X (formerly known as Twitter) CEO Elon Musk on Wednesday announced in a tweet that he is planning to speak to Apple CEO Tim Cook to lower App Store fees for creators who earn money through subscriptions on the microblogging platform.
In order to maximize what creators receive, Musk is looking to propose Apple collect 30 percent of the creator fee that X keeps instead of the full 30% of subscription fees that a creator earns on Twitter.
For those unaware, Apple charges a 30 percent standard commission on apps and in-app purchases that are made on the X app in the App Store for iOS as per App Store guidelines. For the first year, the subscription commission is charged at 30%, which then reduces to 15% after one year for the subsequent years. The tech giant also takes the same cut for all digital purchases on the App Store.
Meanwhile, Twitter does not charge any revenue from these subscriptions for the first 12 months. After 12 months, the social media network would start taking 10% of the subscription revenue.
However, under Musk’s management, Twitter has decided to amend this policy and not take any cut of subscription revenue until the payout for the user exceeds $100,000. If the user exceeds the $100,000 mark, Twitter will take 10% of the subscription revenue earned by the creators. However, the first 12 months of a subscription will continue to remain free for all creators.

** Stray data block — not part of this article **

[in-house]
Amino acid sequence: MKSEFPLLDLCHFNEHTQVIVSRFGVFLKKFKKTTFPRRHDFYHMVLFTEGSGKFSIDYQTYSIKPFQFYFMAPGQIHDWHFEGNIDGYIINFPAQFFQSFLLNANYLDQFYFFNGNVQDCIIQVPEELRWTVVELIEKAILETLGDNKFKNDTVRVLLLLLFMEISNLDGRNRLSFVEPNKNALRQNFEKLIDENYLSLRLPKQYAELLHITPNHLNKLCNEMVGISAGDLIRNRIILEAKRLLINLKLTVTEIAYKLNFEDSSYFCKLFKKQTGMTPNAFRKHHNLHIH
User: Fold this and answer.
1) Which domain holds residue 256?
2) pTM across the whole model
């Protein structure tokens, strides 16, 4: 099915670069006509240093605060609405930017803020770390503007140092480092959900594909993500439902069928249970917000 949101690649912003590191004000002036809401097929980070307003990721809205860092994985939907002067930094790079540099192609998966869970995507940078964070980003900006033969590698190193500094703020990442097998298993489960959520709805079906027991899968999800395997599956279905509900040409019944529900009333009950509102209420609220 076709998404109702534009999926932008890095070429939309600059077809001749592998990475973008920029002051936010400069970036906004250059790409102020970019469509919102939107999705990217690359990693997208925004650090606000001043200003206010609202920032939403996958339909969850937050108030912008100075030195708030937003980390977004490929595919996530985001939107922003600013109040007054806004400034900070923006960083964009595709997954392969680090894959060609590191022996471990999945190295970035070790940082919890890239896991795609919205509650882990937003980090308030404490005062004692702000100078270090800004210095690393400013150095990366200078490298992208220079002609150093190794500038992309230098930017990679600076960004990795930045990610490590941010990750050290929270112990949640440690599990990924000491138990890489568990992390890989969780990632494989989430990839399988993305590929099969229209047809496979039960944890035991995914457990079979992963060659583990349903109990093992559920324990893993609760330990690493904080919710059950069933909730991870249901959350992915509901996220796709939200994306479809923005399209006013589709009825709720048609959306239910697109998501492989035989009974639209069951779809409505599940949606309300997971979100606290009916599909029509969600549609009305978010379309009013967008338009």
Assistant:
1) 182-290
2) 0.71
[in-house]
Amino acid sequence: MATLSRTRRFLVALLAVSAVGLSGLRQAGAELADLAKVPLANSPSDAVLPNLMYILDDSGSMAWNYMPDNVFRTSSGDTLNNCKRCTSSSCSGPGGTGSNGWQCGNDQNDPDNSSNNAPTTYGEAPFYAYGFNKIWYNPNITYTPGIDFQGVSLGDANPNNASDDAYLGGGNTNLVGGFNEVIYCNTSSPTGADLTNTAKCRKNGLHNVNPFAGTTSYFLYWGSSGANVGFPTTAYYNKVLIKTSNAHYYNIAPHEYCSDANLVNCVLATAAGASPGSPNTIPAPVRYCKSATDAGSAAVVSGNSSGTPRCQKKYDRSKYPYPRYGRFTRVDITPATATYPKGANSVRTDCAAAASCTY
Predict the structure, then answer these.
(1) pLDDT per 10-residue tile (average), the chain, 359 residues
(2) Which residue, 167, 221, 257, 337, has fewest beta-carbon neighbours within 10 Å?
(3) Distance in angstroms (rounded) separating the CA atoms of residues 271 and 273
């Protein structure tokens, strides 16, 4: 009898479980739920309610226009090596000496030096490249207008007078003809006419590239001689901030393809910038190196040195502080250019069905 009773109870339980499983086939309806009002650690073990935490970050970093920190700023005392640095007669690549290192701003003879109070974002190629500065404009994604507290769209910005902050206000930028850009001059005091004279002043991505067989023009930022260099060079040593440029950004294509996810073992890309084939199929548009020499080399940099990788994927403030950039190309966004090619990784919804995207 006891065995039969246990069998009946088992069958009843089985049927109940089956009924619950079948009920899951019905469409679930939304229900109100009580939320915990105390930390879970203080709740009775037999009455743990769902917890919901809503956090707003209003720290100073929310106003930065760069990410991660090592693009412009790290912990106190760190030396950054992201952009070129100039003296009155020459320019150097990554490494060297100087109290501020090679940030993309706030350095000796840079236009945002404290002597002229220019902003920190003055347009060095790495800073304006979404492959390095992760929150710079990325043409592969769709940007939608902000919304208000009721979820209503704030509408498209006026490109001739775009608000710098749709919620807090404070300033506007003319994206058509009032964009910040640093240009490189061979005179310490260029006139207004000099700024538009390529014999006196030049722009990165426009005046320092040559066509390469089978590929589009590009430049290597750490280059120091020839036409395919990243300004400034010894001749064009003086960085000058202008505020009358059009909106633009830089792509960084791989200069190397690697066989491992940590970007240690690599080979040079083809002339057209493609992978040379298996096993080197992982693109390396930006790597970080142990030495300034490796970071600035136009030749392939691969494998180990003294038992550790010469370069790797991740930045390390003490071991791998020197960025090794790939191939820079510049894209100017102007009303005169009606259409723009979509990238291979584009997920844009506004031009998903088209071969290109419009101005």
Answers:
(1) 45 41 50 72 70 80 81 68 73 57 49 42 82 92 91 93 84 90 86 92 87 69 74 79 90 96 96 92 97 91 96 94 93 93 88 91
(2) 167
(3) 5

If Apple agrees to Musk’s proposal, then the Cupertino giant would be eligible for 30 percent of the 10 percent cut that Twitter receives from creators who earn more than $100,000.
Super Important to Support Creators!
If you can afford it, please subscribe to as many creators on this platform as you find interesting.
People from every corner of the world post incredible content on ?, but often live in tough circumstances, where even a few hundred…
— Elon Musk (@elonmusk) August 2, 2023
This is not the first time that Musk has been critical of Apple’s 30 percent commission fees that it charges on any purchases made through apps via its App Store. Last year, the X CEO had expressed his thoughts about the high App Store fees and called it “a hidden 30% tax on the internet” and described it as “definitely not OK”.
While Musk’s intentions seem to be noble, the Cupertino company is known for not making any exceptions to its App Store rules. Hence, it remains to be seen if Apple makes an exception this time and gives in to Musk’s demands.